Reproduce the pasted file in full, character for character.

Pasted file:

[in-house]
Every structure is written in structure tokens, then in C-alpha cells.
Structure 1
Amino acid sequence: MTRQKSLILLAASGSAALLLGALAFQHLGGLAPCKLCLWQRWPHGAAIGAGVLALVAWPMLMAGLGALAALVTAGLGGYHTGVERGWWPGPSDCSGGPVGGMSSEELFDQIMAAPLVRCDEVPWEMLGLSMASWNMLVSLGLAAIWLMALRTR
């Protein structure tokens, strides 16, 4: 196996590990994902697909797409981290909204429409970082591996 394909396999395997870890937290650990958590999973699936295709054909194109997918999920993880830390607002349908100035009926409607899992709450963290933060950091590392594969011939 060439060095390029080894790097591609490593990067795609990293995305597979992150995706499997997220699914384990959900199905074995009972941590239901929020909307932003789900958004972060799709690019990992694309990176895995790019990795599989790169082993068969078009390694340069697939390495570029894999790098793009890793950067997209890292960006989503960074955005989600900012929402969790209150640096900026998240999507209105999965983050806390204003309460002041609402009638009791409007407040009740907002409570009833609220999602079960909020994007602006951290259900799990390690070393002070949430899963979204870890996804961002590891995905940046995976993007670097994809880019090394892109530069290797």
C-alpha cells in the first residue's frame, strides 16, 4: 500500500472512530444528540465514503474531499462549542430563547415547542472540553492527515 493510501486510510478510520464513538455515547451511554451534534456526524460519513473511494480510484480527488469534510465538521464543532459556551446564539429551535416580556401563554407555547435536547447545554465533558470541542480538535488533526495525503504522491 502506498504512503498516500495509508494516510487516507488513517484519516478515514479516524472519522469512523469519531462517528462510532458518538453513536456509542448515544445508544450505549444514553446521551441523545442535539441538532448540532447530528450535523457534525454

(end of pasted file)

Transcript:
[in-house]
Every structure is written in structure tokens, then in C-alpha cells.
Structure 1
Amino acid sequence: MTRQKSLILLAASGSAALLLGALAFQHLGGLAPCKLCLWQRWPHGAAIGAGVLALVAWPMLMAGLGALAALVTAGLGGYHTGVERGWWPGPSDCSGGPVGGMSSEELFDQIMAAPLVRCDEVPWEMLGLSMASWNMLVSLGLAAIWLMALRTR
């Protein structure tokens, strides 16, 4: 196996590990994902697909797409981290909204429409970082591996 394909396999395997870890937290650990958590999973699936295709054909194109997918999920993880830390607002349908100035009926409607899992709450963290933060950091590392594969011939 060439060095390029080894790097591609490593990067795609990293995305597979992150995706499997997220699914384990959900199905074995009972941590239901929020909307932003789900958004972060799709690019990992694309990176895995790019990795599989790169082993068969078009390694340069697939390495570029894999790098793009890793950067997209890292960006989503960074955005989600900012929402969790209150640096900026998240999507209105999965983050806390204003309460002041609402009638009791409007407040009740907002409570009833609220999602079960909020994007602006951290259900799990390690070393002070949430899963979204870890996804961002590891995905940046995976993007670097994809880019090394892109530069290797």
C-alpha cells in the first residue's frame, strides 16, 4: 500500500472512530444528540465514503474531499462549542430563547415547542472540553492527515 493510501486510510478510520464513538455515547451511554451534534456526524460519513473511494480510484480527488469534510465538521464543532459556551446564539429551535416580556401563554407555547435536547447545554465533558470541542480538535488533526495525503504522491 502506498504512503498516500495509508494516510487516507488513517484519516478515514479516524472519522469512523469519531462517528462510532458518538453513536456509542448515544445508544450505549444514553446521551441523545442535539441538532448540532447530528450535523457534525454